It’s much like how I never expect my clients to stay with me forever. I expect them to listen, learn, and apply. If they do that, they get results, and the knowledge to be able to sustain this way of life – for good.

I welcome your thoughts on this subject!


Do You Trust Me?

When preparing to teach children’s Liturgy, I try to keep one step ahead of myself so that I can prepare the lesson to make it as “child friendly” as possible. I always like to make the half hour they are in my care fun, interactive, and – hopefully! – wanting them to come back.


This is pretty hard when teaching the word of the Lord, as I am sure most Priests will tell you when they are preparing their homilies, so it was with a sigh that I found myself researching and thinking of ways to teach children about trust.

Psalm 56:3

“When I am afraid, I put my trust in you.”

A BIG subject for children, and it can take on different meanings depending on your situation.

So let’s start on the current subject, children’s Liturgy. Currently we only teach school years 2, 3, and 4, so we need to be able to relay the Liturgy in a way that is understood by them all – like I said, a tough job.

Before they walked in, did they trust their parents’ judgement that they would be safe in our care at children’s Liturgy? Of course, we get the children who are very young and it is their first time – we have to sit with them, or, worst case, we have to walk them back out to the church to find their parent(s). But, for the most part, they TRUST their parent to let them come and see us, and once they are in the hall, that trust is transferred to the Liturgists. And for that half hour they are with us, they have trust in what we say, how we act, and what we tell them to do.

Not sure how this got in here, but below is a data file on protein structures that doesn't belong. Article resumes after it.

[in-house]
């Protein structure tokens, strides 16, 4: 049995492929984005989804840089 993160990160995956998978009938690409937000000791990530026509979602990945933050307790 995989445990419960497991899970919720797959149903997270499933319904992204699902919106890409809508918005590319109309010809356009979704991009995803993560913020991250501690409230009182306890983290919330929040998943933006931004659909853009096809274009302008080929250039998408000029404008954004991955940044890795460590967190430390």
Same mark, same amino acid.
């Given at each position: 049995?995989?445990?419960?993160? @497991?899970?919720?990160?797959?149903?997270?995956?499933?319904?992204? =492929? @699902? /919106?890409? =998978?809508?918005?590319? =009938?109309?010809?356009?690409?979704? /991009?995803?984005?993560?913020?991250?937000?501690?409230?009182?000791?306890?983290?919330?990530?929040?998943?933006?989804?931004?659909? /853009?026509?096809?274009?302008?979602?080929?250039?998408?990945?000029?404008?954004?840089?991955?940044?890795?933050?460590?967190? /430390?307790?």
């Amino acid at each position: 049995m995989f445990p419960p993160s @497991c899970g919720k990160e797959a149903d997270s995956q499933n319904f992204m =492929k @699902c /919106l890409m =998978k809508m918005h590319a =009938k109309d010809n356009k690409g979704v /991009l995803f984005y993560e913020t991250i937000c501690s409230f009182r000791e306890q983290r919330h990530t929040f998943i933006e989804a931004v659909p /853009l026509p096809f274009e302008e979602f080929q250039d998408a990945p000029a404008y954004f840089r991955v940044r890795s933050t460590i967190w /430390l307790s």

Children trust everyone.

For the most part, that is not a fault. In fact, a lot of adults could take a lesson on trust from children. From their parents, the Liturgists, their teachers, their siblings, their friends, their friend’s parents, their swimming instructor. When you think about it, wherever a child is led, they trust whoever their leader is.

Now, let’s think about how we react to trust when we are adults. We have to trust the car we drive to get us to our destination, we have to trust the school we send our kids to that they are teaching them correct and are keeping our children safe. We have to trust our judgement on our work decisions and also if what we are doing for the family is right. We have to trust our family, our friends, and our faith.

Because without trust, we get stuck. We can do nothing, because all we can rely upon is ourselves.

So we don’t trust the car, what is the alternative? We walk.

So we don’t trust the school, what’s the alternate? We home-school our children.

So we don’t trust our judgement? We let someone else decide…

… So we still need to trust?

It’s a tricky one.

I had a particular difficult time at work this week. One which left me feeling inadequate, not trusting in my own judgement, and scared that this would get me into trouble. Who did I trust to share this with? My husband (to a point)?

It was God.

I actually Googled “prayers for strength and clarity”, and sat in my car before the gym and prayed quietly to myself, which was strange for me as I normally feel I need to be in a church environment to be able to pray effectively. A load had been lifted, and I felt that, by putting my trust in God, I had left it to Him to give me the strength to deal with the situation, however it panned out.

When I work with clients, they put 100% trust in me.

Prior to working with me. they had to set foot in a gym and have trust in themselves that they know what to do. They had to have trust in the gym instructor that they have told them how to work the equipment right. And trust in their own knowledge that THIS is the best way to lose weight.